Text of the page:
DOJ will probably continue to press the argument in Culp that it made in Vensure seeking to have the panel follow old circuit precedent that predates the Supreme Court’s decision in Boechler.  Like the Federal Circuit, the Sixth Circuit rejected this argument in Hoogerheide v. IRS, 637, F.3d 634, 636 (6th Cir. 2011) in a case involving IRC § 7433:

The district court had good reason to assume that a plaintiff’s failure to exhaust the IRS’s administrative remedies deprives the federal courts of subject matter jurisdiction over a § 7433 damages action. We have said as much before. See, e.g., Fishburn v. Brown, 125 F.3d 979, 982 (6th Cir. 1997)Romp v. United States, 96 F. App’x 978, 980 (6th Cir. 2004).

Since these decisions, however, the Supreme Court has changed course. Concerned about the vanishing distinction between the mandatory requirements of a cause of action and jurisdiction over that cause of action, the Court in 2006 drew an “administrable bright line” between the two. Arbaugh v. Y & H Corp., 546 U.S. 500, 516, 126 S. Ct. 1235, 163 L. Ed. 2d 1097 (2006). Here is the line:

If the Legislature clearly states that a threshold limitation on a statute’s scope shall count as jurisdictional, then courts and litigants will be duly instructed and will not be left to wrestle with the issue. . . . But when Congress does not rank a statutory limitation on coverage as jurisdictional, courts should treat the restriction as nonjurisdictional in character.

Id. at 515-16. Since Arbaugh, we have re-assessed the line between jurisdictional and claims-processing requirements in several settings. See, e.g., Winnett v. Caterpillar, Inc., 553 F.3d 1000, 1005-06 (6th Cir. 2009) (existence of union contract goes to the merits, not to jurisdiction over a claim under the Labor Management Relations Act); Allen v. Highlands Hosp. Corp., 545 F.3d 387, 401-02 (6th Cir. 2008) (administrative exhaustion goes to a plaintiff’s right to relief, not to jurisdiction over a claim under the Age Discrimination in Employment Act); Thomas v. Miller, 489 F.3d 293, 296 n.3 (6th Cir. 2007) (numerosity requirement goes to the scope of liability, not to jurisdiction over a claim under the Family Medical Leave Act).

In the aftermath of Arbaugh,  it no longer is appropriate to treat the exhaustion requirements for bringing a § 7433 claim as jurisdictional. Mandatory though the exhaustion requirement in § 7433(d) may be, it is not jurisdictional.

Similarly, in Hassen v. Gov’t of the V.I., 861 F.3d 108, 112-115 (3d Cir. 2017) Judge Schwartz writing for the Third Circuit also found its earlier precedent regarding § 7433 did not bind a subsequent panel in light of intervening Supreme Court discussion of jurisdiction:

More than two decades ago, in Venen v. United States, 38 F.3d 100, 103 (3d Cir. 1994), we characterized this exhaustion requirement as jurisdictional. Since then, as one court put it, the United States Supreme Court has cautioned against confusing “mandatory requirements of a cause of action” with a jurisdictional prerequisite “over that cause of action.” Hoogerheide v. IRS, 637 F.3d 634, 636   (6th Cir. 2011) (citing Arbaugh v. Y&H Corp., 546 U.S. 500, 516, 126 S. Ct. 1235, 163 L. Ed. 2d 1097 (2006))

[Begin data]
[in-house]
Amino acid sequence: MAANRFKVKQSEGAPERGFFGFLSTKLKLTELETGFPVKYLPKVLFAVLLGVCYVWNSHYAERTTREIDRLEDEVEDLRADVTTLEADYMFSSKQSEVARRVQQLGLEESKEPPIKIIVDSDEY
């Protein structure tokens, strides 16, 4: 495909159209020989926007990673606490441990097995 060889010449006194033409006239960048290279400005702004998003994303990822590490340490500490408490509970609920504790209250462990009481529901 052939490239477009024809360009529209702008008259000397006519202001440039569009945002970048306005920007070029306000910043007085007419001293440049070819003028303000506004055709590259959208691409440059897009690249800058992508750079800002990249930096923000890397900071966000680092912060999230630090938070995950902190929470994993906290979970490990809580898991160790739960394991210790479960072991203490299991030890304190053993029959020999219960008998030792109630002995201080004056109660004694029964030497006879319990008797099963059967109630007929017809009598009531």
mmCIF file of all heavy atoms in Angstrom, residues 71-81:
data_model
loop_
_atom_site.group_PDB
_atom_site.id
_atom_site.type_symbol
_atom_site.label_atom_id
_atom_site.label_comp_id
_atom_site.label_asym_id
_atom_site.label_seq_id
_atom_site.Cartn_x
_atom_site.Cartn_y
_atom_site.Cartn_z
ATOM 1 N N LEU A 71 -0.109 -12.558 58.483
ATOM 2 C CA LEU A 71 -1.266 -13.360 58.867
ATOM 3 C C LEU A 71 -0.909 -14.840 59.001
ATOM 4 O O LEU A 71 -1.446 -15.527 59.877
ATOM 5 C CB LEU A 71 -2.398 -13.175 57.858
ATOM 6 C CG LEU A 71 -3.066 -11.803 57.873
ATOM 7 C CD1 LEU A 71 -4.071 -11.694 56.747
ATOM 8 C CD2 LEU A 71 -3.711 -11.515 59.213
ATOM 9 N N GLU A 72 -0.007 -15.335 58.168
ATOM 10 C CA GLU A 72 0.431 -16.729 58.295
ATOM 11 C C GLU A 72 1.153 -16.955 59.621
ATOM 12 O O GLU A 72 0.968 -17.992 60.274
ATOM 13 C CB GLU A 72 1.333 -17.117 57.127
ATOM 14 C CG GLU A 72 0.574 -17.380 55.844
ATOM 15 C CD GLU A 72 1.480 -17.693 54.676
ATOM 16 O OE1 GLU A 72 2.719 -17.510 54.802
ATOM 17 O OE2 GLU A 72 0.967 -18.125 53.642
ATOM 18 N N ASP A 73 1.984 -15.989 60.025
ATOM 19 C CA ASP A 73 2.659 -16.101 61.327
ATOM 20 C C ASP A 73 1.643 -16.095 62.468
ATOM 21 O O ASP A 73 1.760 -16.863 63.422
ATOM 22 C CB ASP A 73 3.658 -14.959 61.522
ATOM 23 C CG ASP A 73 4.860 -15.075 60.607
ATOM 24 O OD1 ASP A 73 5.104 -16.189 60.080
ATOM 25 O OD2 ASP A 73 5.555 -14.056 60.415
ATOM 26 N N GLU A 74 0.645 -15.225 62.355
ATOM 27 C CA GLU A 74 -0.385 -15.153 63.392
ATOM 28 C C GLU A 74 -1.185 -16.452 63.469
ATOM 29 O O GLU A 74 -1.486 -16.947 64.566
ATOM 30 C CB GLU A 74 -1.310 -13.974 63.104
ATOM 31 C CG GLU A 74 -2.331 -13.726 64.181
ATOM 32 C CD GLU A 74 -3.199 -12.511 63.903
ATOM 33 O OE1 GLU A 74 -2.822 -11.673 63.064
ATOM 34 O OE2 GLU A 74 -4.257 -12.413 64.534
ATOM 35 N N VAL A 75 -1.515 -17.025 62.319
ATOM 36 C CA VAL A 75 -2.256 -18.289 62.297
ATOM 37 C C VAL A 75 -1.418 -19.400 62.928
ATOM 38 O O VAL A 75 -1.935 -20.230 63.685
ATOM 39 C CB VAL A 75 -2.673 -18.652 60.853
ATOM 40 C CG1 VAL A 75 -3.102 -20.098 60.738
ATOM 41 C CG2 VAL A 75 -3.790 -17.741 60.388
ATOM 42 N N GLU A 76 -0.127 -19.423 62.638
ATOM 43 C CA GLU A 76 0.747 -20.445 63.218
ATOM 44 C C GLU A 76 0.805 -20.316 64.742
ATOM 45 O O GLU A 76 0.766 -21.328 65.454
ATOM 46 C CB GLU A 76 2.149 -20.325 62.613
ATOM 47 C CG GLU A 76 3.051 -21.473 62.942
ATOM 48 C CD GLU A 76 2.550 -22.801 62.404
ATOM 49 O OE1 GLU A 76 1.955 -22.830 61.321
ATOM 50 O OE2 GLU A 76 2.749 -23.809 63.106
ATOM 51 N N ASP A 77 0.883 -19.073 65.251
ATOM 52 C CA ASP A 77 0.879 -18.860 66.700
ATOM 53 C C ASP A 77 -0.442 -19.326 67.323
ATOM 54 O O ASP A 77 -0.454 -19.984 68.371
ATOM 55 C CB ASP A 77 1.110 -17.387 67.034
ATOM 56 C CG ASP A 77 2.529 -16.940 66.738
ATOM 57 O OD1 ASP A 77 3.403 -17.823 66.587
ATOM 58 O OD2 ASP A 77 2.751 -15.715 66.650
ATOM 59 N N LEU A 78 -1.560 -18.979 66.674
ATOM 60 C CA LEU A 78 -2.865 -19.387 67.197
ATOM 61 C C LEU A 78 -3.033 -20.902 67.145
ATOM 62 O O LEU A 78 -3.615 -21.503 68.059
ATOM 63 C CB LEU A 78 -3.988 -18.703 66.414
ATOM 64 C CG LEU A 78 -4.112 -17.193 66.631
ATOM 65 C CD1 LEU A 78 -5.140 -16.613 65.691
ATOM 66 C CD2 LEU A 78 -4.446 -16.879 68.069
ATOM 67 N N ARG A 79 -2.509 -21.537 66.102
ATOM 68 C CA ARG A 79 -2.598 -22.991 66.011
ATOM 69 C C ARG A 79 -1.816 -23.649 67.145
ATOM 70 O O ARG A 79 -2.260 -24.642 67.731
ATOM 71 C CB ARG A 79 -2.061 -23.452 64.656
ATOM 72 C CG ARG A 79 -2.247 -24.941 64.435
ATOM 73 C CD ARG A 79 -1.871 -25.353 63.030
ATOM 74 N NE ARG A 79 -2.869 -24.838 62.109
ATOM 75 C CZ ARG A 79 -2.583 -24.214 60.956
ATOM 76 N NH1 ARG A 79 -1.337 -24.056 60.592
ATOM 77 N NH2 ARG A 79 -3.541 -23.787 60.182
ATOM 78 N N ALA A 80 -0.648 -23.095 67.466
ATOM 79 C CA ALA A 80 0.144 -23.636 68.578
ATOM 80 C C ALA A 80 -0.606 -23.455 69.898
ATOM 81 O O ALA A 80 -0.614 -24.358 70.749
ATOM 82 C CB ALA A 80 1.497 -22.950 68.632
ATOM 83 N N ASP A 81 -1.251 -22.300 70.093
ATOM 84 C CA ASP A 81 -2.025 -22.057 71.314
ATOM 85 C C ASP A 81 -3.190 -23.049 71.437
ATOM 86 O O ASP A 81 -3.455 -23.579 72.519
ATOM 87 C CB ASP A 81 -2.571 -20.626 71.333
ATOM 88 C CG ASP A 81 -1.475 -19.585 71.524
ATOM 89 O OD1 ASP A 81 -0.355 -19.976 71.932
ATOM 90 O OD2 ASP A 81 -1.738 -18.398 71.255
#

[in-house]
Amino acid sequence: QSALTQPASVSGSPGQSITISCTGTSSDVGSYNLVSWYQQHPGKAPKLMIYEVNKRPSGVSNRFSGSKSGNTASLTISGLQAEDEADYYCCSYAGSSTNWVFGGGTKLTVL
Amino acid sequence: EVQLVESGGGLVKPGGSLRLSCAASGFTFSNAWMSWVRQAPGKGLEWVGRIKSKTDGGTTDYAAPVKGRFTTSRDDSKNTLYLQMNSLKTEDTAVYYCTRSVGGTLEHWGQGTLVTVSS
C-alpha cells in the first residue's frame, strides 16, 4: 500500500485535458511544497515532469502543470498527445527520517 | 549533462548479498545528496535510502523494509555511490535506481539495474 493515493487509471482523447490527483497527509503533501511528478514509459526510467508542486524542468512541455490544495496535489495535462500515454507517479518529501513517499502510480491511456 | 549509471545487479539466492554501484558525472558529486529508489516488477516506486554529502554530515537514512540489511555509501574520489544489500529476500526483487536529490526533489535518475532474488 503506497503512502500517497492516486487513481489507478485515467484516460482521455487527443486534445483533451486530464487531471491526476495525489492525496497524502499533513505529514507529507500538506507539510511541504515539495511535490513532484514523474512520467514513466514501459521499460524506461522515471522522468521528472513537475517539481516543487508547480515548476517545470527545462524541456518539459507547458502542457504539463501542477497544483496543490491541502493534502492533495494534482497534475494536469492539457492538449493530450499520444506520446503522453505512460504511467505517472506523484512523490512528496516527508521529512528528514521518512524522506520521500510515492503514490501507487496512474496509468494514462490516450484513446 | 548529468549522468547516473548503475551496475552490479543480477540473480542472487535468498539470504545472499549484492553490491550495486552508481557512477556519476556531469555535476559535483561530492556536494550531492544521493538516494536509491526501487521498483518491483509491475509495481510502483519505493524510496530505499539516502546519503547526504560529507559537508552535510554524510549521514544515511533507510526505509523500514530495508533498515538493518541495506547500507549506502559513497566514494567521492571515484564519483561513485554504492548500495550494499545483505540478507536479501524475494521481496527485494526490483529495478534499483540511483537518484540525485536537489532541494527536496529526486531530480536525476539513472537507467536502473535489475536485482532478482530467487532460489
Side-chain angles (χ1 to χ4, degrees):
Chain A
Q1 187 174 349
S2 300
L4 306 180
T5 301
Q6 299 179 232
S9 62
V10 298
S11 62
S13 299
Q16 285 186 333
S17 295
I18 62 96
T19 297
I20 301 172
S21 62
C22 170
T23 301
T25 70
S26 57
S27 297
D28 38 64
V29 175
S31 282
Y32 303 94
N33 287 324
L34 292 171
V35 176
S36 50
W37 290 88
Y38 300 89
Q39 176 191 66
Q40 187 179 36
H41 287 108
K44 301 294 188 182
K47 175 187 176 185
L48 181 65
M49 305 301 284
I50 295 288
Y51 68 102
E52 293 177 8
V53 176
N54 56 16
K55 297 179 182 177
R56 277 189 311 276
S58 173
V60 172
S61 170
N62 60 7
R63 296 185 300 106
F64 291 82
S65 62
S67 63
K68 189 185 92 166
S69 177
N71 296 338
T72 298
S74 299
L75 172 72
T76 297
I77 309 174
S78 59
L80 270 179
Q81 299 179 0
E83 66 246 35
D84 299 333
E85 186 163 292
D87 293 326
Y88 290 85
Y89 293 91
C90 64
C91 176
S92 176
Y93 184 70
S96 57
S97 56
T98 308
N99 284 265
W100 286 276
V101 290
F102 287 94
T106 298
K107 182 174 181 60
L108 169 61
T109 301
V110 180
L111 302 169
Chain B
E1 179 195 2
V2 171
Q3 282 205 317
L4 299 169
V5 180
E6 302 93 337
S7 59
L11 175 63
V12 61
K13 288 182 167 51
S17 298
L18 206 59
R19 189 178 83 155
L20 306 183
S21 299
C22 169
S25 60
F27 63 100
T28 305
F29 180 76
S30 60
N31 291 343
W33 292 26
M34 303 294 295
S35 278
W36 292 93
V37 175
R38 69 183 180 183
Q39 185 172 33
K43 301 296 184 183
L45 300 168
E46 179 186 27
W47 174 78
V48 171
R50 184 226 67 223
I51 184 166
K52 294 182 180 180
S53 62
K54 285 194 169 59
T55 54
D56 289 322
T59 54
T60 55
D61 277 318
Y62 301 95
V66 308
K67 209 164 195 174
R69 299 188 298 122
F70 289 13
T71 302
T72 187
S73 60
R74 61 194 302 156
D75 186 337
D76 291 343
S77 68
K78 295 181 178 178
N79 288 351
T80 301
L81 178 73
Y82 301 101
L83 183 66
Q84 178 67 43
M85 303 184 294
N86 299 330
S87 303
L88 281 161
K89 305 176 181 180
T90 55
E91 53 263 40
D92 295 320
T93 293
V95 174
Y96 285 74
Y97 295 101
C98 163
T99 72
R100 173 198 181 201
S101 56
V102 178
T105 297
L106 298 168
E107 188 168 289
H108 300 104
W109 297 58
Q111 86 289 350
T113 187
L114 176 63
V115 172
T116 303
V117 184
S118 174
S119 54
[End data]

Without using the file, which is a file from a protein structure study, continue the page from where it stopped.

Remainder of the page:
. . . .

Thus, applying Arbaugh‘s directive and considering that § 7433(d) does not speak in jurisdictional terms or convey that Congress intended to permit a court to exercise jurisdiction only if the claim was exhausted, we join our sister circuits and hold that § 7433(d)‘s exhaustion requirement is not jurisdictional and hence need not be satisfied for the district court to entertain a claim under § 7433(a).5 Gray, 723 F.3d at 798; Hoogerheide, 637 F.3d at 636-38see also Kim v. United States, 632 F.3d 713, 718, 394 U.S. App. D.C. 149 (D.C. Cir. 2011) (treating § 7433(d) as an affirmative defense, and by implication not viewing it as a jurisdictional prerequisite).


5. Although IOP 9.1 says that a subsequent panel cannot overrule a prior panel’s precedential opinion, “this rule gives way when the prior panel’s holding is in conflict with Supreme Court precedent.” Mennen Co. v. Atl. Mut. Ins. Co., 147 F.3d 287, 295 n.9 (3d Cir. 1998)Nationwide Ins. v. Patterson, 953 F.2d 44, 46 (3d Cir. 1991) (observing that “[o]rdinarily, a panel of this court is bound to follow the holdings of published opinions of prior panels of this court unless overruled by the court [e]n banc or the holding is undermined by a subsequent Supreme Court case”). Arbaugh is such a precedent and thus, we are no longer bound by Venen‘s holding that the exhaustion requirement is jurisdictional.

Judge Schwartz is on the three-judge panel in Culp.

There are many circuit and lower court decisions on the books regarding jurisdiction of courts on a variety of matters.  Most of those decisions were written by the courts before the Supreme Court began sharpening its language regarding jurisdiction.  DOJ and the IRS seek to cling to the old decisions citing the old circuit precedents as binding in the new cases challenging jurisdictional rulings.  As these cases move forward, we will see how citing to prior circuit precedent binds the circuit courts as they face the jurisdiction issues in a new era.  Will circuit courts cling to their prior precedent as the 11th Circuit seemed to do in Allen forcing the matter either to an en banc level or back to the Supreme Court or will the circuits follow the decisions in the Federal Circuit, the Third and the Sixth Circuit recognizing the change in landscape dictated by the Supreme Court decisions?